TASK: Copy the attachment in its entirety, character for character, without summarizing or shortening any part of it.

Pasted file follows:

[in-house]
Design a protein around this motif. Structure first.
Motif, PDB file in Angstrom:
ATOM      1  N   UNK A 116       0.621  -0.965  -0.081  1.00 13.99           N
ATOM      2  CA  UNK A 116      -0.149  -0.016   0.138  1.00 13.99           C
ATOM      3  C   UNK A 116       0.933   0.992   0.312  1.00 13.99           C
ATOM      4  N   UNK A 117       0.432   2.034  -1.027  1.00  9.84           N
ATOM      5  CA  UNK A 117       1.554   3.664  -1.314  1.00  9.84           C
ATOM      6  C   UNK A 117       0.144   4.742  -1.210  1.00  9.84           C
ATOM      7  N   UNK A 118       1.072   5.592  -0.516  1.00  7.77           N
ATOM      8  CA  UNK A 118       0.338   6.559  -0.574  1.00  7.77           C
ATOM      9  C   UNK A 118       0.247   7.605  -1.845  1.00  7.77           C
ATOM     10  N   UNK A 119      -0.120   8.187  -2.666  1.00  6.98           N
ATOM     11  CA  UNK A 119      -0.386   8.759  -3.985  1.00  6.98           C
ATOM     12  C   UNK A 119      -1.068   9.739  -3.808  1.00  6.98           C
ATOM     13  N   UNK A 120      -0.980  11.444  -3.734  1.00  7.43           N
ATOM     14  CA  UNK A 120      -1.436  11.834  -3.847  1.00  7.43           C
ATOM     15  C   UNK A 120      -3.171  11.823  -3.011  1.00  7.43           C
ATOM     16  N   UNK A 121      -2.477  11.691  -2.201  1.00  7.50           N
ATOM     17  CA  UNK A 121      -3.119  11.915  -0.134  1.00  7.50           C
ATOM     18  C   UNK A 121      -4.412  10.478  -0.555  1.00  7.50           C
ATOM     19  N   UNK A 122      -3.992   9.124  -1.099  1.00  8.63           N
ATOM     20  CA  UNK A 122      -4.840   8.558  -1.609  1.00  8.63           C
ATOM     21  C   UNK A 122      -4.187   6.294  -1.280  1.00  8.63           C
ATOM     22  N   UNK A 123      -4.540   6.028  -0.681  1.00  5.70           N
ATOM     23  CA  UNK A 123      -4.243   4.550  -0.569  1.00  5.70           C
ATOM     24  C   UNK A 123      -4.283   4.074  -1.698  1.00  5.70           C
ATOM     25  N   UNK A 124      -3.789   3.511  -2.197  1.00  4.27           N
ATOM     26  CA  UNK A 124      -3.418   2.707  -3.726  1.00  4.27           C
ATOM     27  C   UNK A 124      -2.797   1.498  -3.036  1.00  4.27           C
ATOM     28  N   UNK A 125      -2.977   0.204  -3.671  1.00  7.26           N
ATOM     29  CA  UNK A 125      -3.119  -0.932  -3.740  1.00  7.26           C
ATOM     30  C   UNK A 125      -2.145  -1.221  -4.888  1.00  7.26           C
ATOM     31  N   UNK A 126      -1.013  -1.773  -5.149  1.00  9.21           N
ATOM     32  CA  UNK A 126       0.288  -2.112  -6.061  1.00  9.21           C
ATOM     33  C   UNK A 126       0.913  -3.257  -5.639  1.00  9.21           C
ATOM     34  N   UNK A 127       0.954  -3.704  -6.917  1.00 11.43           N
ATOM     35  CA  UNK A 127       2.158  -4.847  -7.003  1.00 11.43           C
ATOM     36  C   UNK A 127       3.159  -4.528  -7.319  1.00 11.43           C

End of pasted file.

[in-house]
Design a protein around this motif. Structure first.
Motif, PDB file in Angstrom:
ATOM      1  N   UNK A 116       0.621  -0.965  -0.081  1.00 13.99           N
ATOM      2  CA  UNK A 116      -0.149  -0.016   0.138  1.00 13.99           C
ATOM      3  C   UNK A 116       0.933   0.992   0.312  1.00 13.99           C
ATOM      4  N   UNK A 117       0.432   2.034  -1.027  1.00  9.84           N
ATOM      5  CA  UNK A 117       1.554   3.664  -1.314  1.00  9.84           C
ATOM      6  C   UNK A 117       0.144   4.742  -1.210  1.00  9.84           C
ATOM      7  N   UNK A 118       1.072   5.592  -0.516  1.00  7.77           N
ATOM      8  CA  UNK A 118       0.338   6.559  -0.574  1.00  7.77           C
ATOM      9  C   UNK A 118       0.247   7.605  -1.845  1.00  7.77           C
ATOM     10  N   UNK A 119      -0.120   8.187  -2.666  1.00  6.98           N
ATOM     11  CA  UNK A 119      -0.386   8.759  -3.985  1.00  6.98           C
ATOM     12  C   UNK A 119      -1.068   9.739  -3.808  1.00  6.98           C
ATOM     13  N   UNK A 120      -0.980  11.444  -3.734  1.00  7.43           N
ATOM     14  CA  UNK A 120      -1.436  11.834  -3.847  1.00  7.43           C
ATOM     15  C   UNK A 120      -3.171  11.823  -3.011  1.00  7.43           C
ATOM     16  N   UNK A 121      -2.477  11.691  -2.201  1.00  7.50           N
ATOM     17  CA  UNK A 121      -3.119  11.915  -0.134  1.00  7.50           C
ATOM     18  C   UNK A 121      -4.412  10.478  -0.555  1.00  7.50           C
ATOM     19  N   UNK A 122      -3.992   9.124  -1.099  1.00  8.63           N
ATOM     20  CA  UNK A 122      -4.840   8.558  -1.609  1.00  8.63           C
ATOM     21  C   UNK A 122      -4.187   6.294  -1.280  1.00  8.63           C
ATOM     22  N   UNK A 123      -4.540   6.028  -0.681  1.00  5.70           N
ATOM     23  CA  UNK A 123      -4.243   4.550  -0.569  1.00  5.70           C
ATOM     24  C   UNK A 123      -4.283   4.074  -1.698  1.00  5.70           C
ATOM     25  N   UNK A 124      -3.789   3.511  -2.197  1.00  4.27           N
ATOM     26  CA  UNK A 124      -3.418   2.707  -3.726  1.00  4.27           C
ATOM     27  C   UNK A 124      -2.797   1.498  -3.036  1.00  4.27           C
ATOM     28  N   UNK A 125      -2.977   0.204  -3.671  1.00  7.26           N
ATOM     29  CA  UNK A 125      -3.119  -0.932  -3.740  1.00  7.26           C
ATOM     30  C   UNK A 125      -2.145  -1.221  -4.888  1.00  7.26           C
ATOM     31  N   UNK A 126      -1.013  -1.773  -5.149  1.00  9.21           N
ATOM     32  CA  UNK A 126       0.288  -2.112  -6.061  1.00  9.21           C
ATOM     33  C   UNK A 126       0.913  -3.257  -5.639  1.00  9.21           C
ATOM     34  N   UNK A 127       0.954  -3.704  -6.917  1.00 11.43           N
ATOM     35  CA  UNK A 127       2.158  -4.847  -7.003  1.00 11.43           C
ATOM     36  C   UNK A 127       3.159  -4.528  -7.319  1.00 11.43           C